Thursday, May 14, 2015

Thursday roundup (05-14-15)

Global debt binge casts shadow over fragile recovery (The Globe and Mail of Toronto)

HSBC WARNS: The world economy faces a 'titanic problem' (The Business Insider) HSBC: Central Banks Are Running Low on Ammunition: Does a "titanic" policy problem loom? (Bloomberg)

ECB's Draghi says central bank stimulus will continue in Europe for "as long as needed'' (The Associated Press)

Varoufakis refuses any bailout plan that would send Greece into ‘death spiral’: Finance minister continues war of words with eurozone policymakers, saying he wished Greece still had the drachma and had not entered monetary union (The Guardian)

Spain's public debt rises to over 1 trillion euros in March (Cihan)

The U.S. Economy Just Had Its Worst Month Since the Recession (The Wall Street Journal blogs) Fox News Poll: Voters believe White House incompetent, US still in recession and ISIS has moved next door (FoxNews)

Senate Advances Bill to Give Obama Trade Negotiating Power (Bloomberg) Forget The Senate: Obama's Real Problem On Trade Is In The House (The Huffington Post) AFL-CIO chief: White House trade bill argument is ‘unadulterated horse waste’ (The Washington Post blogs)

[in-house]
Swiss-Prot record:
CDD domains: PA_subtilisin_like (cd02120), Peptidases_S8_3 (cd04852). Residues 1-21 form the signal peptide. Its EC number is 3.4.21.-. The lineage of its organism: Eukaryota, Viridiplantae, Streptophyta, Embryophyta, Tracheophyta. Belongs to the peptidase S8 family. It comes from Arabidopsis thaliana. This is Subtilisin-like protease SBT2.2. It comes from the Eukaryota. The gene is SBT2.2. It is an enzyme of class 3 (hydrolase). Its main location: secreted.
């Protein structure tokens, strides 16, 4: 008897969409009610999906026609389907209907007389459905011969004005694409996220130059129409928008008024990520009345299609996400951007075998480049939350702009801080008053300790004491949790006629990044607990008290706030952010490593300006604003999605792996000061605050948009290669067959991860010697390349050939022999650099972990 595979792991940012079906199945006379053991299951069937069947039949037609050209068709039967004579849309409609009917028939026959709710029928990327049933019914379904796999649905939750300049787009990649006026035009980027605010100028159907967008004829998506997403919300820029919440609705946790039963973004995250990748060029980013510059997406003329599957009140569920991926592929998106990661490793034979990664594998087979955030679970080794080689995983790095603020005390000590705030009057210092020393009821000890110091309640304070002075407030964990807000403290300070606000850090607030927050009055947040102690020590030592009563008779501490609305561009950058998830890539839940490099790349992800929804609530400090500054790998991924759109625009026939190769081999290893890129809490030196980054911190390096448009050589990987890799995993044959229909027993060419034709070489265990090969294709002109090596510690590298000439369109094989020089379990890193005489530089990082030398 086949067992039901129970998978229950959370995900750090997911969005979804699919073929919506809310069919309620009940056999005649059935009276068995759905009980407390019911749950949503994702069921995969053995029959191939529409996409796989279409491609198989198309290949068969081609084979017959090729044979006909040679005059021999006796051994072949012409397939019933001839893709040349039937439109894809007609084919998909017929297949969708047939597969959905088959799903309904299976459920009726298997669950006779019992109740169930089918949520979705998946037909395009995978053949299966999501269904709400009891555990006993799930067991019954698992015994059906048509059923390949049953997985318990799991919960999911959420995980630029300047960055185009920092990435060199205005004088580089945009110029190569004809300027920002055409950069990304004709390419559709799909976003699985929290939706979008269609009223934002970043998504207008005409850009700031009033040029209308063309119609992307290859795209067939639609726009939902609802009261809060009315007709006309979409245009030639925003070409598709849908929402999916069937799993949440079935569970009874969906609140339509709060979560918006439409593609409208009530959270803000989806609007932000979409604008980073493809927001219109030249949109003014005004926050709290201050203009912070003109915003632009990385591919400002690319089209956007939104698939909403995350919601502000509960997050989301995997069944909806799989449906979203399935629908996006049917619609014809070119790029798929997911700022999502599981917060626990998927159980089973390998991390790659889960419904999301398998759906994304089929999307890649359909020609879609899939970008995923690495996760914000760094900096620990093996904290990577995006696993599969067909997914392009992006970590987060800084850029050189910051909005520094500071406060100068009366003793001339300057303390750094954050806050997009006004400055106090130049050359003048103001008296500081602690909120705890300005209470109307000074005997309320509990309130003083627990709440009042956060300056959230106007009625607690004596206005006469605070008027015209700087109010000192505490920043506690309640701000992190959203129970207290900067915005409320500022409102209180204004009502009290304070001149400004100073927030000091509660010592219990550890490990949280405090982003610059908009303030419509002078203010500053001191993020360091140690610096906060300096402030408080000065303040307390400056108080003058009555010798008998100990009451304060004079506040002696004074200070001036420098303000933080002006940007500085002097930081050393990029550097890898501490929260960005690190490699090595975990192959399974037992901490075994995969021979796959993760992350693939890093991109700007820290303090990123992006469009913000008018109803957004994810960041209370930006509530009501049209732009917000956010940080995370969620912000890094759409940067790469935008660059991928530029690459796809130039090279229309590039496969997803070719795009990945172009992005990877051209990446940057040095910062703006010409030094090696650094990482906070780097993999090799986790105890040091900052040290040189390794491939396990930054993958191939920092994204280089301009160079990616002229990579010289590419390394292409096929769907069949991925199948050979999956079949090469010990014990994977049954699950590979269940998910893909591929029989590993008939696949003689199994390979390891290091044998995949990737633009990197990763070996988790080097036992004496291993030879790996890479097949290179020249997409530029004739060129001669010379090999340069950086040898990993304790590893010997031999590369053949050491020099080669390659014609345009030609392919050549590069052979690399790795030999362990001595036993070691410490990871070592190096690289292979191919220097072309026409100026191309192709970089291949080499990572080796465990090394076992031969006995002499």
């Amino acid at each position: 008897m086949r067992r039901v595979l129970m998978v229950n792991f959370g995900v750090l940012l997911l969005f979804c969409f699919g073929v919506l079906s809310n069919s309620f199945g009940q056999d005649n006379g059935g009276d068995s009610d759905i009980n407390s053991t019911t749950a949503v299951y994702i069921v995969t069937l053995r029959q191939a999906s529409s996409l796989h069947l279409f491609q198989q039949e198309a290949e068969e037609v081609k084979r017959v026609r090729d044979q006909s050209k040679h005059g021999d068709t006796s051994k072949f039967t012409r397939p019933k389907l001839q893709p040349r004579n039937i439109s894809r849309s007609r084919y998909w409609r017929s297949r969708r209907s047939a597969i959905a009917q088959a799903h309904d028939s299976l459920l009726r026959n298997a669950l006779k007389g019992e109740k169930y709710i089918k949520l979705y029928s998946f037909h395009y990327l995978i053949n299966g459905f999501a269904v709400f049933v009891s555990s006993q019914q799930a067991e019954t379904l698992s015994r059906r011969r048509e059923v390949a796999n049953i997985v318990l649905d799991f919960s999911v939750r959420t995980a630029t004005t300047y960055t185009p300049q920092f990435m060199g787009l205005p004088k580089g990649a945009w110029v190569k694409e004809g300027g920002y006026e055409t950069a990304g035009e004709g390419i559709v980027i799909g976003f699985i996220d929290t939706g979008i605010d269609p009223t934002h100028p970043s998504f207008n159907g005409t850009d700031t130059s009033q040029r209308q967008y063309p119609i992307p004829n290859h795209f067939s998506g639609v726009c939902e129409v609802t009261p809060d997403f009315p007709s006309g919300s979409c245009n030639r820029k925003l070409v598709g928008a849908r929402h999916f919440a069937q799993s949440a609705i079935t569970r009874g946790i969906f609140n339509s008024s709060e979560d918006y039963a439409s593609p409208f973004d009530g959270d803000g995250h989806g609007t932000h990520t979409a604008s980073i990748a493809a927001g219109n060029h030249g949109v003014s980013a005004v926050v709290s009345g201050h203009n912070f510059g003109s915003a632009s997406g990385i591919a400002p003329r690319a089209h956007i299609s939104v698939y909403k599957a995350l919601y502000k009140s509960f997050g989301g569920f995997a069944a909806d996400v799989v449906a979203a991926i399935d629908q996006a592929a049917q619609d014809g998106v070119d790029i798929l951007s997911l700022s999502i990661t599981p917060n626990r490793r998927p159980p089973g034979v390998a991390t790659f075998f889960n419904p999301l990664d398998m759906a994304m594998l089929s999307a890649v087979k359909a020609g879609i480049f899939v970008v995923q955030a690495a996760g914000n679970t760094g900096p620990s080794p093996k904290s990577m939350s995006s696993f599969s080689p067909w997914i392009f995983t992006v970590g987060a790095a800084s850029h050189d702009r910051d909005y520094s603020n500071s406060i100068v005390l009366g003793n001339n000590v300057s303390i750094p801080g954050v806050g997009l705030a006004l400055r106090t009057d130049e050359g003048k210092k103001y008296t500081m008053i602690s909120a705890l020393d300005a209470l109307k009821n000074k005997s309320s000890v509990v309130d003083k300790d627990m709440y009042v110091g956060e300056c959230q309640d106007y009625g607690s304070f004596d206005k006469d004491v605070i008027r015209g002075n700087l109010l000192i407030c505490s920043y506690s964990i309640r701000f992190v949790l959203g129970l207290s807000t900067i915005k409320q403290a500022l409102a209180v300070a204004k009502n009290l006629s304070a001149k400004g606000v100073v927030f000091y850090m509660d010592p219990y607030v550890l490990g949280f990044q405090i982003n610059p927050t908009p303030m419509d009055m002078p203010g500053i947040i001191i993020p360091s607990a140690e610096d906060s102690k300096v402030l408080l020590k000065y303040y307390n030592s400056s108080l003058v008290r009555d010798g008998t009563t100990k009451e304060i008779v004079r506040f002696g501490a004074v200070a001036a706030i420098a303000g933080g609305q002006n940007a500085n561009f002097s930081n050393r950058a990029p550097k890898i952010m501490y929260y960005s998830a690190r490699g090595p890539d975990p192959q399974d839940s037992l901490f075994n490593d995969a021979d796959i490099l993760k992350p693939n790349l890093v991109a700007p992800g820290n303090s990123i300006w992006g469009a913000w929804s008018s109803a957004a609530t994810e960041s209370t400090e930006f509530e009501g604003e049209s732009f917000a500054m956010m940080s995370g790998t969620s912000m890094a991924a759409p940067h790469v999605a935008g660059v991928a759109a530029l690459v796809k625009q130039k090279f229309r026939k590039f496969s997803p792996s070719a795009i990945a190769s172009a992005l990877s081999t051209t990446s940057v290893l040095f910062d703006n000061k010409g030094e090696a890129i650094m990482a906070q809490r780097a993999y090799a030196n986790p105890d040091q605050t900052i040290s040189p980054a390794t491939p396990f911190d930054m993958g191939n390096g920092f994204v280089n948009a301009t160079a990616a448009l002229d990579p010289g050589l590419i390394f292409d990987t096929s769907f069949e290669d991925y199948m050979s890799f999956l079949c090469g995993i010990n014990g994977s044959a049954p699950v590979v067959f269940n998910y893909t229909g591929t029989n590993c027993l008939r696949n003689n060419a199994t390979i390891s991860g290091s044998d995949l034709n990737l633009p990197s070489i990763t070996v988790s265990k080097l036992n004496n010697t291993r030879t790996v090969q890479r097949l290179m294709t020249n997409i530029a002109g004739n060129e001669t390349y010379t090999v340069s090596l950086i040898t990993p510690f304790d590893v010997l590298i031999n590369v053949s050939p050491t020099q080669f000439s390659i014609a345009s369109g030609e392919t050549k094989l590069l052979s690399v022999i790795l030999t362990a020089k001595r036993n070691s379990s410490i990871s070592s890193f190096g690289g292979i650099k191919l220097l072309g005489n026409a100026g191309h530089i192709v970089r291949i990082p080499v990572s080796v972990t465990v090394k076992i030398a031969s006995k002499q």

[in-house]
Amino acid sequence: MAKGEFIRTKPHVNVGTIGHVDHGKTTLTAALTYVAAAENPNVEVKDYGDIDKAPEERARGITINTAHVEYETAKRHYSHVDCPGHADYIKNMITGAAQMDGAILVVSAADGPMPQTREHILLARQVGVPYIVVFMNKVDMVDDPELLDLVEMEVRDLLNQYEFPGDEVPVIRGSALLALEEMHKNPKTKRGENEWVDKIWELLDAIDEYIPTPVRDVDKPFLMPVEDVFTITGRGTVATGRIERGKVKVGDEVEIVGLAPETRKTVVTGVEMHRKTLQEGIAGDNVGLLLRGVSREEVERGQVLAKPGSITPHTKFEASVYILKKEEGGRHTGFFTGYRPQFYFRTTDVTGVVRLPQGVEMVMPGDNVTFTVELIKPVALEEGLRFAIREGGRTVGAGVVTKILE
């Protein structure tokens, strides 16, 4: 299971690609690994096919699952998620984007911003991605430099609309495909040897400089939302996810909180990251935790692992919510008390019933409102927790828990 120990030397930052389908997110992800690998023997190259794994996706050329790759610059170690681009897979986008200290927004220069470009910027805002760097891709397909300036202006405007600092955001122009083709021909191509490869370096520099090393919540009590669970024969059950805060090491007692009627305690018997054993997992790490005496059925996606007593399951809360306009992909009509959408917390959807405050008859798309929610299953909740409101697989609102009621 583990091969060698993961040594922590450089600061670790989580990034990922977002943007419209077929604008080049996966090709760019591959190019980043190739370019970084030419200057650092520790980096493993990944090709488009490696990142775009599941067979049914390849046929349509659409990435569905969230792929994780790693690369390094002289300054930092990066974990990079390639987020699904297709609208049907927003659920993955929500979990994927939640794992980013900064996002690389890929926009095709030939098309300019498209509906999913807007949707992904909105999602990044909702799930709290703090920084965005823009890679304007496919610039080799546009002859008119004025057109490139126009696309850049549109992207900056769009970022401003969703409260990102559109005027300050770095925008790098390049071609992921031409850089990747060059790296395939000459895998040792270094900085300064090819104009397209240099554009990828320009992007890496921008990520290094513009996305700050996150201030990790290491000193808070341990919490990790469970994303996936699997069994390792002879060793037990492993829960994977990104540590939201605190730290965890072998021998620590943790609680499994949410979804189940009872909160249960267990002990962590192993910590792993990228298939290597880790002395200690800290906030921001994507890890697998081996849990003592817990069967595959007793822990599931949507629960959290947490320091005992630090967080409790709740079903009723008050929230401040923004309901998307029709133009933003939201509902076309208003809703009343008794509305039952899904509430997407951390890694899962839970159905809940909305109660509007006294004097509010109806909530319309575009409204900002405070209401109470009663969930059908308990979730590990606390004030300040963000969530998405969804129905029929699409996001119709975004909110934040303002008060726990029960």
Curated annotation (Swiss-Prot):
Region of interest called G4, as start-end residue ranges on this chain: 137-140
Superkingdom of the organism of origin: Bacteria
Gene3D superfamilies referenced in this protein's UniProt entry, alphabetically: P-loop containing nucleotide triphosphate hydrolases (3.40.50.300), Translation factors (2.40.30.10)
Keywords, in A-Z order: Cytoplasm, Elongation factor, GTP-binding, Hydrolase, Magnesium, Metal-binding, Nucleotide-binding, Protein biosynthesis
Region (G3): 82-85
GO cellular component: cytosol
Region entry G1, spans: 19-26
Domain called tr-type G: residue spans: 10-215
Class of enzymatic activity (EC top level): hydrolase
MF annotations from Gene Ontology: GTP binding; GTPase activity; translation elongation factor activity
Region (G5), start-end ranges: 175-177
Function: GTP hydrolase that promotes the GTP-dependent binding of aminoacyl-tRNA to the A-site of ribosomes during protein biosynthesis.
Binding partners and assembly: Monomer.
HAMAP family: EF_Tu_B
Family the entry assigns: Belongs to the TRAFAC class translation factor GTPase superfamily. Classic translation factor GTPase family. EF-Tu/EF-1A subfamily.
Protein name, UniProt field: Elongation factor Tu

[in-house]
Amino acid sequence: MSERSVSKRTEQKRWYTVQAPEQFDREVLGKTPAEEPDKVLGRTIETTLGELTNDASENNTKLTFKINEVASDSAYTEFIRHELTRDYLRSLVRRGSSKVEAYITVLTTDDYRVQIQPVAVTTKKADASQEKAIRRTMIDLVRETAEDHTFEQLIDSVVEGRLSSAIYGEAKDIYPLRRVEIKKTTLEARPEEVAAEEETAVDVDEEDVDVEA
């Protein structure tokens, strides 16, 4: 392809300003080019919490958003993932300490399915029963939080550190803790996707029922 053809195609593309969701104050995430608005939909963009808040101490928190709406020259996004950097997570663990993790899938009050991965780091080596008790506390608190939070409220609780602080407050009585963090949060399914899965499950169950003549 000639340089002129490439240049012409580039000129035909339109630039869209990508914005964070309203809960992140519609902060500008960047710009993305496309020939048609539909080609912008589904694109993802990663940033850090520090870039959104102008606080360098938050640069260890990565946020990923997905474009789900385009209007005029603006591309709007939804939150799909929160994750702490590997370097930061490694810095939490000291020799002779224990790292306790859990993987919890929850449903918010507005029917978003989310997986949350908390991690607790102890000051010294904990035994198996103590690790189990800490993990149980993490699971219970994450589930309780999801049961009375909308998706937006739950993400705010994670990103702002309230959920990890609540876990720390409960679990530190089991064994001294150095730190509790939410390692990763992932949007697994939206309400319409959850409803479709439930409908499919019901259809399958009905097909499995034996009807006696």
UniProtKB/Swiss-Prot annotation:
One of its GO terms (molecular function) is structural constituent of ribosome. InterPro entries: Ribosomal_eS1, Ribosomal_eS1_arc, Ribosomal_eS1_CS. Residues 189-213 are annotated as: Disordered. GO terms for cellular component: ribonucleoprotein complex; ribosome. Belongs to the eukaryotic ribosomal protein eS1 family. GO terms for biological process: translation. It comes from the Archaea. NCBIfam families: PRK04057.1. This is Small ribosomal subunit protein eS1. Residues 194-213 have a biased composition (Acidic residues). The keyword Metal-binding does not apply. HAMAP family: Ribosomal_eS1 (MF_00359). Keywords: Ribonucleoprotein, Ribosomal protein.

GMO-free foods could get government labels (The Associated Press) GMO Labeling 2015: USDA's First Government Label For Non-Modified Foods Could Help Set National Standard For Certification (International Business Times)

Chipotle is now GMO-free [April 26] (WDJT)

Download the True Food Shopper's Guide: How to Avoid Foods Made with Genetically Modified Organisms [GMOs] (The Center for Food Safety) Say "No" to GMOs (Non-GMO Project) THE GREAT GMA COVERUP INFOGRAPHIC (WalkByTheWay) GMO Free USA (Facebook) Millions Against Monsanto by OrganicConsumers org (Facebook)

Bombardier to slash 1,750 jobs, cut business jet production (The Globe and Mail of Toronto)

     The aim of this blog is to show (mostly from reports in mainstream respected news sources) that there is reason to believe that both the United States and the global economies remain fragile in the wake of the financial crisis of 2008 and that a number of threats exist today that could, if they worsened, bring about economic depression -- not just a minor depression, but a depression worse than the Great Depression. Key threats include excessive risk-taking by financial firms, unchecked by effective regulation; the continued existence of "too big to fail" institutions; and most especially, the amassing of levels of public and private debt which could become unsustainable.

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